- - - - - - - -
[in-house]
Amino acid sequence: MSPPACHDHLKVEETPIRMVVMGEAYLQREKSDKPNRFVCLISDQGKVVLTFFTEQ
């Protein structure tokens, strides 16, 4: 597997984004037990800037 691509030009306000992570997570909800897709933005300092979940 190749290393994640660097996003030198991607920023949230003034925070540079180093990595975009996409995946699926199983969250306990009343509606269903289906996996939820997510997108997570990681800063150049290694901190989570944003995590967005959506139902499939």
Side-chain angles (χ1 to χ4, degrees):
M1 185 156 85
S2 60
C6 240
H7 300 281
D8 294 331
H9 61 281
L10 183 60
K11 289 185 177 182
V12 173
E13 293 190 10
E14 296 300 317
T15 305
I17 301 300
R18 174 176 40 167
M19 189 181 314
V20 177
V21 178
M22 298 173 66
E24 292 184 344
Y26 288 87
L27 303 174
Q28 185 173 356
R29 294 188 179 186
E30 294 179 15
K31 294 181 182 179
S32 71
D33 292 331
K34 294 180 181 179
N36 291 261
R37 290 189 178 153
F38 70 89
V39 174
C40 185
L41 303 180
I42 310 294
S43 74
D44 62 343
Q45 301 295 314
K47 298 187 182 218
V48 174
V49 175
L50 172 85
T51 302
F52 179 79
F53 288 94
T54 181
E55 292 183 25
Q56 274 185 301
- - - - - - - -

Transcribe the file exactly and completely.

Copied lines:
[in-house]
Amino acid sequence: MSPPACHDHLKVEETPIRMVVMGEAYLQREKSDKPNRFVCLISDQGKVVLTFFTEQ
């Protein structure tokens, strides 16, 4: 597997984004037990800037 691509030009306000992570997570909800897709933005300092979940 190749290393994640660097996003030198991607920023949230003034925070540079180093990595975009996409995946699926199983969250306990009343509606269903289906996996939820997510997108997570990681800063150049290694901190989570944003995590967005959506139902499939």
Side-chain angles (χ1 to χ4, degrees):
M1 185 156 85
S2 60
C6 240
H7 300 281
D8 294 331
H9 61 281
L10 183 60
K11 289 185 177 182
V12 173
E13 293 190 10
E14 296 300 317
T15 305
I17 301 300
R18 174 176 40 167
M19 189 181 314
V20 177
V21 178
M22 298 173 66
E24 292 184 344
Y26 288 87
L27 303 174
Q28 185 173 356
R29 294 188 179 186
E30 294 179 15
K31 294 181 182 179
S32 71
D33 292 331
K34 294 180 181 179
N36 291 261
R37 290 189 178 153
F38 70 89
V39 174
C40 185
L41 303 180
I42 310 294
S43 74
D44 62 343
Q45 301 295 314
K47 298 187 182 218
V48 174
V49 175
L50 172 85
T51 302
F52 179 79
F53 288 94
T54 181
E55 292 183 25
Q56 274 185 301